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UK: Extent of unmanned drone use within UK civil airspace revealed (1)
03 January 2012
03.01.2012 - "The market potential on the civil side is considerably larger than the military sector in the long term"
The Civil Aviation Authority granted permission to 100 applications for the domestic use of unmanned drones between January 2010 and September 2011, according to recent freedom of information requests.  Drones have been used for a variety of purposes including photography and videography, emergency operations, building surveys, evidence gathering, surveillance and searches.
The documents were released in response to a number of requests made under the Freedom of Information Act in October this year. The names of the organisations granted permission to fly - whether public authorities or private companies - have been censored.
Permission to fly
The CAA was asked to provide information on the number of permissions granted for one-off flights, a series of flights, or blanket permission of a year or more. Two applications were given permission for a limited number of flights. However, 98 of the 100 applications were provided with blanket permission to fly for a year or more.
The use of drones by military forces for surveillance, reconnaissance, and attacks is becoming increasingly commonplace, with concern and criticism also on the rise. Their use in civilian airspace is still relatively novel. Yet the number of drones given permission to fly is higher than expected.
Chris Cole, author of the Drone Wars blog and campaigner against the military deployment of drones, made the freedom of information requests to the CAA. He was surprised with the outcome: "I expected to find that the CAA would have mostly granted one-off permissions to fly drones in UK airspace, with perhaps a handful of blanket permsissions granted each year. However around ten times the number of blanket permisiions are being granted each year. Once this blanket permision has been granted, who monitors what these companies are doing with their drones?" He estimates that between 40 and 50 organisations made the applications, although it is not possible to say for certain.
Currently, anyone wishing to fly a drone within UK airspace has to make a specific request to the Civil Aviation Authority, who then assess the application and grant or deny permission accordingly. Airspace is currently 'segregated' - to use the enthusiasts' buzzword - and designated as either civilian or military. Drones are generally confined to areas defined as military, largely because they considered too unsafe to share airspace with other aircraft such as passenger jets.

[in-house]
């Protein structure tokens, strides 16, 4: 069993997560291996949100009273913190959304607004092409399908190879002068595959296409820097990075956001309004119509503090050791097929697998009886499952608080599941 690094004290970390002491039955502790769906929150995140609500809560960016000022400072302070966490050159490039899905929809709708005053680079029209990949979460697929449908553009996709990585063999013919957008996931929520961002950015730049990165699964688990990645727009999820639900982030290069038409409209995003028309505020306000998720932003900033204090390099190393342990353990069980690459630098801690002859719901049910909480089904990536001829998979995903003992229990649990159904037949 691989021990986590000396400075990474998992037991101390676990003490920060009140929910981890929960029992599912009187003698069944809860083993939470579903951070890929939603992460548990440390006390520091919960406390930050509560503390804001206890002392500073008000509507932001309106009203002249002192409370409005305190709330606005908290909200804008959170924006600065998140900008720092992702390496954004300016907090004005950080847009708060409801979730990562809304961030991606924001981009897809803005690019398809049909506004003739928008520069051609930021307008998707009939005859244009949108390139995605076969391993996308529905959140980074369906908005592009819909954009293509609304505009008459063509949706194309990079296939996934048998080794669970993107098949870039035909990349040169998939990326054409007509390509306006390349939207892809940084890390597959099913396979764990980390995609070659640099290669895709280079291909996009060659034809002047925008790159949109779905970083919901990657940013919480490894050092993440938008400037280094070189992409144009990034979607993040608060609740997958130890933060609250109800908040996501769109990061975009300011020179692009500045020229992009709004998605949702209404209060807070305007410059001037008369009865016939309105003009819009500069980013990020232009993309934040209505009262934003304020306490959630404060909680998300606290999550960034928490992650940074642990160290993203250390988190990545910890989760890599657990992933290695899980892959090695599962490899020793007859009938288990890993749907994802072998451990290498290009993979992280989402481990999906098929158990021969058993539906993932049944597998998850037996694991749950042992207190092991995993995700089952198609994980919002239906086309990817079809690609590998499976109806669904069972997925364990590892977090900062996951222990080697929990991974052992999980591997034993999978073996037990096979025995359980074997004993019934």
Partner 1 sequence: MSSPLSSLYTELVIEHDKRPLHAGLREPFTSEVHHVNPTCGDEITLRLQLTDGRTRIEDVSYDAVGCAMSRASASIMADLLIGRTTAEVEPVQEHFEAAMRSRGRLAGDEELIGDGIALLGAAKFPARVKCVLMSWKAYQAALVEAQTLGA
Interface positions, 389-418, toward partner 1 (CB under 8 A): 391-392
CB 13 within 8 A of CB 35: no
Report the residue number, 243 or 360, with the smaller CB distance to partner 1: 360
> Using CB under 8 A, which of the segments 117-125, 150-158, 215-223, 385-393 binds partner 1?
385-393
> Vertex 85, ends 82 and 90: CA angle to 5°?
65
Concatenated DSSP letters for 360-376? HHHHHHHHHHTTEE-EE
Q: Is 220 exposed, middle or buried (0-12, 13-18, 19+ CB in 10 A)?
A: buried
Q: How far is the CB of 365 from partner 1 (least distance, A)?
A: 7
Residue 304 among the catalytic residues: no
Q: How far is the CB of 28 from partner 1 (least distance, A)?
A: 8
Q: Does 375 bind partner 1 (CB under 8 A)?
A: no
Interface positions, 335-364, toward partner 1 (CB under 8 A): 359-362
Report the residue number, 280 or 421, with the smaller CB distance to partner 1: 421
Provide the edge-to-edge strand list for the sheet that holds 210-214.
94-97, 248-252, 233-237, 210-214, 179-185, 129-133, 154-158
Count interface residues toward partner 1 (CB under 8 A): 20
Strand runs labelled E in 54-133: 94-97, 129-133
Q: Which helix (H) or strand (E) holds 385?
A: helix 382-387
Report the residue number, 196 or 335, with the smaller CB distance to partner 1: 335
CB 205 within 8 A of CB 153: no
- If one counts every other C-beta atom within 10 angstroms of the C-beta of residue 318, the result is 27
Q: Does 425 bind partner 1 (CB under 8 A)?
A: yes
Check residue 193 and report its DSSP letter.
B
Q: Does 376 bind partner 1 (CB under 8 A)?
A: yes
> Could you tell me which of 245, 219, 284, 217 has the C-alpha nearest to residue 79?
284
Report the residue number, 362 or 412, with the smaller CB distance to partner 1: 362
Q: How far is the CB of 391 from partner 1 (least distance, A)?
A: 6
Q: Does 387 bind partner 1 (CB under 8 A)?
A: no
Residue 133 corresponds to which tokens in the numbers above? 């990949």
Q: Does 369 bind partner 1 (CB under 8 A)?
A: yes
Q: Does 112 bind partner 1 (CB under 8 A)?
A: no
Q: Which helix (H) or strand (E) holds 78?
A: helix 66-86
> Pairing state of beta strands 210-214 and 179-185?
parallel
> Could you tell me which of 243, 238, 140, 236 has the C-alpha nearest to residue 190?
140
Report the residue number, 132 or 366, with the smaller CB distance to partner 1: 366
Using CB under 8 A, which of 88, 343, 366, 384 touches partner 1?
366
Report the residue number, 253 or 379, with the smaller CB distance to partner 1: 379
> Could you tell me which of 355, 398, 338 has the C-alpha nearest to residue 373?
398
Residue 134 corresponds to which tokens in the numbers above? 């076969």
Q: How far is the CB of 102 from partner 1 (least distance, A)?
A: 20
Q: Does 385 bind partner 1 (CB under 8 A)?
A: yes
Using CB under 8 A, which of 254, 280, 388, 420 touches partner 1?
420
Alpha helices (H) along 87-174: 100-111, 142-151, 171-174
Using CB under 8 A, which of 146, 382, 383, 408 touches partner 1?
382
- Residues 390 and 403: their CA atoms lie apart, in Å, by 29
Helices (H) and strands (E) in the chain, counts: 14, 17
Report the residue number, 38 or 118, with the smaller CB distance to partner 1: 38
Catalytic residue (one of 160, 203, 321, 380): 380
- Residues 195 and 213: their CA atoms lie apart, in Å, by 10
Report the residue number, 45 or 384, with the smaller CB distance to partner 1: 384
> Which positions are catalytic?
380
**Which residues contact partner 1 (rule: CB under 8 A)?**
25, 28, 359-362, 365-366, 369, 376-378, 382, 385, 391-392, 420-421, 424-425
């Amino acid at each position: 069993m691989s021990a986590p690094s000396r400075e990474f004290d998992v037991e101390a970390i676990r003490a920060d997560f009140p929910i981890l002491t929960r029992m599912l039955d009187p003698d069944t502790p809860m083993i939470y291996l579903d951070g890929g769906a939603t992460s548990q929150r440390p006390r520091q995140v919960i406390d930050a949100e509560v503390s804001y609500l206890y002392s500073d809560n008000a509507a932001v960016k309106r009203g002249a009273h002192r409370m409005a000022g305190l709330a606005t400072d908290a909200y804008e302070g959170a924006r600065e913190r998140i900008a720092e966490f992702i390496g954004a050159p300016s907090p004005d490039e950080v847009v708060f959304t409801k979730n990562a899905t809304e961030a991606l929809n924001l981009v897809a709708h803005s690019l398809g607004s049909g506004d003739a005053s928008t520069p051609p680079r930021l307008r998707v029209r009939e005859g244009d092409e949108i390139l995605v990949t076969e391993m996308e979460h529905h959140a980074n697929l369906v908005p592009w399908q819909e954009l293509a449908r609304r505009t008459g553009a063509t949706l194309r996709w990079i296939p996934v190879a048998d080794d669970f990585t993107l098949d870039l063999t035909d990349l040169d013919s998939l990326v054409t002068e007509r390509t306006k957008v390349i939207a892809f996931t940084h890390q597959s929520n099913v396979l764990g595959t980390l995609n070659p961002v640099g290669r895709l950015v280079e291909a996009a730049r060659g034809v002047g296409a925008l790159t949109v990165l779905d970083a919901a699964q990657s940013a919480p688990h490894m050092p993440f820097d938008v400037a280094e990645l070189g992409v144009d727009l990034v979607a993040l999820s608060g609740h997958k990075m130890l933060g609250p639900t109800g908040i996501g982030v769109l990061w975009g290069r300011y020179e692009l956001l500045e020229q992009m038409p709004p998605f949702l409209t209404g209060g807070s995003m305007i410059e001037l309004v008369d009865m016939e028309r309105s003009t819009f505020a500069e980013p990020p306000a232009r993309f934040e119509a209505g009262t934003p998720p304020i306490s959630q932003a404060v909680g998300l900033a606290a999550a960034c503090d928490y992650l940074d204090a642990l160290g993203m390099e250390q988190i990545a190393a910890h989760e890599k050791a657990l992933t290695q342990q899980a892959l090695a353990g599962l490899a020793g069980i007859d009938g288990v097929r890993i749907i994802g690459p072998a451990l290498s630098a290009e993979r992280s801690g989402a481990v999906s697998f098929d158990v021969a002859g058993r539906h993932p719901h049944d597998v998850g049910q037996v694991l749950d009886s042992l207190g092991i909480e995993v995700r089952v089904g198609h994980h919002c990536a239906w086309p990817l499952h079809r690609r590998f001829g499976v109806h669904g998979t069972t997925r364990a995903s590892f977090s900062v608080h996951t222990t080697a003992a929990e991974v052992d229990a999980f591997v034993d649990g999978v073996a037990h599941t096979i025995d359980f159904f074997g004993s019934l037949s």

This may change in years to come. Programmes spearheaded primarily by the European Commission and the European Defence Agency are seeking to fix the technical problems that prevent drones from achieving safety levels equivalent to manned aircraft, as well as altering the regulations that govern the use of drones.
The European Defence Agency alone has overseen research and development related to aerial drones worth nearly €100,000,000. Much of this is intended to benefit the EU's 'Single European Sky' and the defence industry's 'Air4All' projects, which are geared towards upgrading air traffic management systems and altering the rules governing the types of aircraft allowed to share the same airspace.
Such changes would mean that the use of drones by private companies and public organisations, for example police forces or border agencies, would likely become far more commonplace.
Eyes in the sky
London's Metropolitan Police have applied to the CAA for special permission to use drones for surveillance during the Olympics, while BAE Systems, Kent Police, Essex Police and the UKBA are working together as the 'South Coast Partnership' to introduce drones in the sky over Britain's south east coast. However, as noted by a recent report in The Independent, the use of drones by police forces has had "mixed results", with only one of four constabularies that trialled drones continuing to use them. 
The secrecy afforded to organisations operating drones within the UK currently reflects that surrounding the use of drones in military operations. If, as one market study suggests, "the market potential on the civil side is considerably larger than the military sector in the long term", both supporters and critics of unmanned technology may have to prepare themselves for more extensive public debate on the matter.
- Drone Wars Briefing
(pdf) by Chris Cole, Drone Wars UK
 Civil Aviation Authority, Response to freedom of information request
, 24th November 2011
 Jerome Taylor, Drones to patrol the skies above Olympic Stadium
, The Independent, 25th November 2011